I was going to write a much lengthier comment, but Dave Hansford really summarised this circus between the court rooms and social media quite well: https://www.stuff.co.nz/environment/96558044/zealots-ransack-vision-for-the-brook-sanctuary
I hope, at least, that the medicinal cannabis stuff goes well with her involvement, but I also hope the legal work she's been doing for it is more robust and integrous than for the Brook Valley Community Group.
Hi Russell. How did you find Sue Grey?
It's great to learn that she's been doing some good stuff in the area of medicinal cannabis and good luck to them on that front. The other domain where I've encountered her work, though, has been through her representation of and advice to the Brook Valley Community Group where both she and the group come across as sort of the opposite of worthwhile. Not just because she's been representing it as a lawyer, but because she seems to have been giving it some terrible legal advice to that group to continue pressing through expensive court cases against the Brook Waimarama Sanctuary Trust with cases that are repeatedly being laughed out of court due to the lack of meaningful evidence, claims that make little or no sense in the face of actual evidence, and some ridiculous interpretations of law. (A brief summary of the outcome from Stuff.)
The BVCG is on the edge of dissolving to avoid considerable court costs awarded against it, but it's encumbering the bulk of those costs on a bunch of volunteer and donation-funded groups. My first impression of her has been quite dismal in terms of an environmental lawyer.
1981 Springbok tour for me, but I was under 3 at the time so I could just be remembering coverage from a few years later. I definitely recall the Rainbow Warrior bombing and Challenger exploding. I think I remember stuff around the 1984 election and Muldoon stepping down.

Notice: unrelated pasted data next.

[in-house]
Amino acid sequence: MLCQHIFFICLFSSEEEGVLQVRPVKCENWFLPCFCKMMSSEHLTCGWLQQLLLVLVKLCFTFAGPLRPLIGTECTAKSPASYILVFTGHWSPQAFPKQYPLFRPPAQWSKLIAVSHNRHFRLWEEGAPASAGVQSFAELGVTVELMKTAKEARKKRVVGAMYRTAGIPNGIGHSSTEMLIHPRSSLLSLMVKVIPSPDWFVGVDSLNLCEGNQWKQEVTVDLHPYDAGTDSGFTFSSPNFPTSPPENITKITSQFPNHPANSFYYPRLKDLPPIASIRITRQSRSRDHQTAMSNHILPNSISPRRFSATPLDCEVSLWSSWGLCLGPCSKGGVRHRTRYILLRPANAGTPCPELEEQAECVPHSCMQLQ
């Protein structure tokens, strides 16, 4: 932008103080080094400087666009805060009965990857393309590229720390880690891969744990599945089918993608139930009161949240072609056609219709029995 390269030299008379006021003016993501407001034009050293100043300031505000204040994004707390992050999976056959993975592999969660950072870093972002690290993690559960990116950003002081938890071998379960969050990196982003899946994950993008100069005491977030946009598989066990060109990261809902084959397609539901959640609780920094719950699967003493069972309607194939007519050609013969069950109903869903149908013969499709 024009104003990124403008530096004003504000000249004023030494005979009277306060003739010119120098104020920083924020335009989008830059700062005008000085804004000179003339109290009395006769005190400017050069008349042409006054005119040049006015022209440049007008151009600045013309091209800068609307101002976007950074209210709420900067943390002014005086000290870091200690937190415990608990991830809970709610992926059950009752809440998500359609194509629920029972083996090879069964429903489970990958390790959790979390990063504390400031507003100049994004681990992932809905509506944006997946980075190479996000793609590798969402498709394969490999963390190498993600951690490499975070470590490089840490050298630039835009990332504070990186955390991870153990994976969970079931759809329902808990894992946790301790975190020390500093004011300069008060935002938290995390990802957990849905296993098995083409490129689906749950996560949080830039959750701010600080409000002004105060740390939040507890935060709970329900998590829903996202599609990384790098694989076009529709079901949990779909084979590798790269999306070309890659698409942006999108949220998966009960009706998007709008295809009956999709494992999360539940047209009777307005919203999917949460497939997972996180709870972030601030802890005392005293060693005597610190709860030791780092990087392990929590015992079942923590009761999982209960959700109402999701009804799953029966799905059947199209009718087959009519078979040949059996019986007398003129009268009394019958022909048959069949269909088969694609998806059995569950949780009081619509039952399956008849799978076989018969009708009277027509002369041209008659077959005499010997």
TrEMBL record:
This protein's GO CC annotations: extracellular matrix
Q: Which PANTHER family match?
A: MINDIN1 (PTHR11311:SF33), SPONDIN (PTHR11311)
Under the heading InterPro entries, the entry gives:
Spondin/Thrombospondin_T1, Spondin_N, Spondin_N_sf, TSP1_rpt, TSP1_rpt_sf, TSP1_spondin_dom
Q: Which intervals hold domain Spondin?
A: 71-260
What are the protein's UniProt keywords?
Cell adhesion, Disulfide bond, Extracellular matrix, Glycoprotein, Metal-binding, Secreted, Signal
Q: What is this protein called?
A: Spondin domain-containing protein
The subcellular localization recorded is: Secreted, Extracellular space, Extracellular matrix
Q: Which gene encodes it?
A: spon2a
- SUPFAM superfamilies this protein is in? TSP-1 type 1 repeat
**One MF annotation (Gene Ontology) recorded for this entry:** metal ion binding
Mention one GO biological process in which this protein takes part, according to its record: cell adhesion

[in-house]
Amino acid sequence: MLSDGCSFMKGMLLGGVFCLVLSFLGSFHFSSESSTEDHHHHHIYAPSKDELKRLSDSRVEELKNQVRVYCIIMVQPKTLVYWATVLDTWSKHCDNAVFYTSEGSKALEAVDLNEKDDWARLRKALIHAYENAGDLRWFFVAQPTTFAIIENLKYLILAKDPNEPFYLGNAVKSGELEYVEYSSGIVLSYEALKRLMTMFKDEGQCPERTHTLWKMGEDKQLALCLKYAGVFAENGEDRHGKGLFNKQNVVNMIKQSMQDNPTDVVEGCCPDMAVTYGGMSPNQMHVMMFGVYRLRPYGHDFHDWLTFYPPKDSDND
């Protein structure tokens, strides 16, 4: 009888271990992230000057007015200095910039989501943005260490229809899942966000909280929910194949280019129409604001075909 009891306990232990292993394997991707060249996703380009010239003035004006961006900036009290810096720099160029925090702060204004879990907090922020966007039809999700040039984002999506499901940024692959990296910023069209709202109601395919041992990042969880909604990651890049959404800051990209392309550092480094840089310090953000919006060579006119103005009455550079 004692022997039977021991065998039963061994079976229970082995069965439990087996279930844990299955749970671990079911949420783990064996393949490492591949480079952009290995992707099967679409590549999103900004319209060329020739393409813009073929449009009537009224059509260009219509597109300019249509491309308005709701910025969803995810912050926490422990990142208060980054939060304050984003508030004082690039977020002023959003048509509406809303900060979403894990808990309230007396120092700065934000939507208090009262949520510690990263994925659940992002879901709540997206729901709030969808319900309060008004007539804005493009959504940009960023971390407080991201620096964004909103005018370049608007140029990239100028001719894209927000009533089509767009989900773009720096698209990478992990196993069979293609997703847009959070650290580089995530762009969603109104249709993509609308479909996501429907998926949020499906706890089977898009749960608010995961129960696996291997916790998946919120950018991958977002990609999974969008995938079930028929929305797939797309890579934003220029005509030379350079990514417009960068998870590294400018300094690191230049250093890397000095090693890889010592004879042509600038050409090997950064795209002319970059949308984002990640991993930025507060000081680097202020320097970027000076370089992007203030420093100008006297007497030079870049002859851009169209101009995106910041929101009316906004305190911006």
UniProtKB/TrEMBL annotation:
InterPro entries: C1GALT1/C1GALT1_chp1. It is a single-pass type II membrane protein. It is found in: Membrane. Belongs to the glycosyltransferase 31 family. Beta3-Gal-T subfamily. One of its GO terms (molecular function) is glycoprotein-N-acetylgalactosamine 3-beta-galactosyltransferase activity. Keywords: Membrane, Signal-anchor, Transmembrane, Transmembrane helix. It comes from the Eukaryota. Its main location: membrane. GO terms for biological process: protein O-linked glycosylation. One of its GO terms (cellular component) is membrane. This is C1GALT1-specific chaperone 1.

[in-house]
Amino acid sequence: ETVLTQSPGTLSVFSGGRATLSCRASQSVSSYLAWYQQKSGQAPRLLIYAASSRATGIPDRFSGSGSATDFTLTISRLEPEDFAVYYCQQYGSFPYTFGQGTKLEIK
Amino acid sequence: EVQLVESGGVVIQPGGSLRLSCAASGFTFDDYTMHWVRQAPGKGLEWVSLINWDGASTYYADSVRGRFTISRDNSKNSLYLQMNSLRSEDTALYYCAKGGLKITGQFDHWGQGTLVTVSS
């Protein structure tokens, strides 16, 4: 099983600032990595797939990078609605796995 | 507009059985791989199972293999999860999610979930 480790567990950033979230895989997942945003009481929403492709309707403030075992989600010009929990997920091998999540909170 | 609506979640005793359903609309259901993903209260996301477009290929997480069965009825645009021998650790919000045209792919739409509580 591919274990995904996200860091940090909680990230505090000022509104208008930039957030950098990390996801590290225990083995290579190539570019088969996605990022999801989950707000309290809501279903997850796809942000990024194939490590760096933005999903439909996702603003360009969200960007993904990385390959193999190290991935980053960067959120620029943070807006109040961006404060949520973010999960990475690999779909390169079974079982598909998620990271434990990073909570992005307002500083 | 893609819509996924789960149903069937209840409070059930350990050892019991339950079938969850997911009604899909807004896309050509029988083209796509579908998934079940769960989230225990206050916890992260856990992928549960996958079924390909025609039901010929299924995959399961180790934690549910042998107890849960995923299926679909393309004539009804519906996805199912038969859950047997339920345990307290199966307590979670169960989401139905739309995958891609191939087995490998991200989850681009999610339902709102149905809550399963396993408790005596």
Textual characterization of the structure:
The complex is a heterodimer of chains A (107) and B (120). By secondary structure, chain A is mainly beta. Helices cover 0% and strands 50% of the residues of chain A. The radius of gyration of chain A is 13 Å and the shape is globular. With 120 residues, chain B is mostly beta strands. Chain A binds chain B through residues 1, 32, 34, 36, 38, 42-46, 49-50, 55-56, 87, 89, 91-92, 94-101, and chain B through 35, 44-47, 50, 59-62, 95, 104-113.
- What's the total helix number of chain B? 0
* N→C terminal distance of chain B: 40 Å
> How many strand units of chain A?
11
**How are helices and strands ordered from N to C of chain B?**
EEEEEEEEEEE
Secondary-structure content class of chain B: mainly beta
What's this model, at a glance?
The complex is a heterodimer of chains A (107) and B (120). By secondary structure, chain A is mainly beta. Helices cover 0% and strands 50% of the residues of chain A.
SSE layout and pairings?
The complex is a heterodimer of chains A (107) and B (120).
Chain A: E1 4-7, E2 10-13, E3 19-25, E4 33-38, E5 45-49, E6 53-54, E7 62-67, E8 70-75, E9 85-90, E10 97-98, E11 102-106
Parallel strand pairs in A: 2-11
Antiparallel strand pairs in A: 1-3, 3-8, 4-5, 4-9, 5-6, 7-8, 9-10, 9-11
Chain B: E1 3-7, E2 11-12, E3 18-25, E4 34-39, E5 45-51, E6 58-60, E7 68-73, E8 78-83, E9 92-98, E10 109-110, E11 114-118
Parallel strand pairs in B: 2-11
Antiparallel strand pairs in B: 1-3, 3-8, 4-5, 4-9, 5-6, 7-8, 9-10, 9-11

Will they be shaped differently to mine, given the sheer intensity and ubiquity of news in 2017? Will Trump tower over it all? Will the entertainers who make headlines now linger into the future?
Also will they be genuine memories of actual news, or just a swamp of opinions?
Nope. The Greens existed before the Alliance. The Alliance was, in effect, a mini-coalition of different parties, hence the name. Parties have to grow themselves.
This is sort of what I'm complaining about, though. The Green Party most likely wouldn't have been able to enter parliament if it didn't already have incumbents and support from elsewhere in parliament.
The Alliance was in parliament before MMP started so came with incumbent MPs. When the Greens went independent in '99, it had 3 incumbent MPs (Fitzsimons, Donald, Bunkle). Even then, it probably still only got elected because Helen Clark signalled to Labour's Coromandel supporters that they should vote strategically for Jeanette Fitzsimons, which both just-barely gave the Greens an electorate seat and encouraged people elsewhere to give the Greens their party vote with less fear of it being wasted. ACT might be a better example because it didn't have any incumbents when elected in '96, but much of its support likely came from National pulling its candidate from Wellington Central to let in Richard Prebble, so giving others the confidence to also Party Vote ACT..